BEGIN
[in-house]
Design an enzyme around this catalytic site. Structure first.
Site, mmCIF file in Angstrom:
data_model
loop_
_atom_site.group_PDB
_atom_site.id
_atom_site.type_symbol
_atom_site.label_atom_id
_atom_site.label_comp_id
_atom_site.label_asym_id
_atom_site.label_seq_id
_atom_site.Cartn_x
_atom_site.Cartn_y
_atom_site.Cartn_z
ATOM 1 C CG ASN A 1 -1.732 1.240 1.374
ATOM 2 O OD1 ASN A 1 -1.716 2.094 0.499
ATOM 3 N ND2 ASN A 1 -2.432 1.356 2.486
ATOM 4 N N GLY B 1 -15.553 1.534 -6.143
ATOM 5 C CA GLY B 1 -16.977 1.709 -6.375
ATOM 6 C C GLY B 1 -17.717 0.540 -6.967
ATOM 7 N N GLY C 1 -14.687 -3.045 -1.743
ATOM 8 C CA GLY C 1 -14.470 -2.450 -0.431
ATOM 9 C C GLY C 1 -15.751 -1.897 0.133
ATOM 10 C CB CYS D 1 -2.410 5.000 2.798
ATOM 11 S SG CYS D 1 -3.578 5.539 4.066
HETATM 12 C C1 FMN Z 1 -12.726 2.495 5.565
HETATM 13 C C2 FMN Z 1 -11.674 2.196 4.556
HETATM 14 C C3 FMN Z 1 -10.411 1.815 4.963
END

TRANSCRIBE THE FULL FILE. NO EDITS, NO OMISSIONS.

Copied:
[in-house]
Design an enzyme around this catalytic site. Structure first.
Site, mmCIF file in Angstrom:
data_model
loop_
_atom_site.group_PDB
_atom_site.id
_atom_site.type_symbol
_atom_site.label_atom_id
_atom_site.label_comp_id
_atom_site.label_asym_id
_atom_site.label_seq_id
_atom_site.Cartn_x
_atom_site.Cartn_y
_atom_site.Cartn_z
ATOM 1 C CG ASN A 1 -1.732 1.240 1.374
ATOM 2 O OD1 ASN A 1 -1.716 2.094 0.499
ATOM 3 N ND2 ASN A 1 -2.432 1.356 2.486
ATOM 4 N N GLY B 1 -15.553 1.534 -6.143
ATOM 5 C CA GLY B 1 -16.977 1.709 -6.375
ATOM 6 C C GLY B 1 -17.717 0.540 -6.967
ATOM 7 N N GLY C 1 -14.687 -3.045 -1.743
ATOM 8 C CA GLY C 1 -14.470 -2.450 -0.431
ATOM 9 C C GLY C 1 -15.751 -1.897 0.133
ATOM 10 C CB CYS D 1 -2.410 5.000 2.798
ATOM 11 S SG CYS D 1 -3.578 5.539 4.066
HETATM 12 C C1 FMN Z 1 -12.726 2.495 5.565
HETATM 13 C C2 FMN Z 1 -11.674 2.196 4.556
HETATM 14 C C3 FMN Z 1 -10.411 1.815 4.963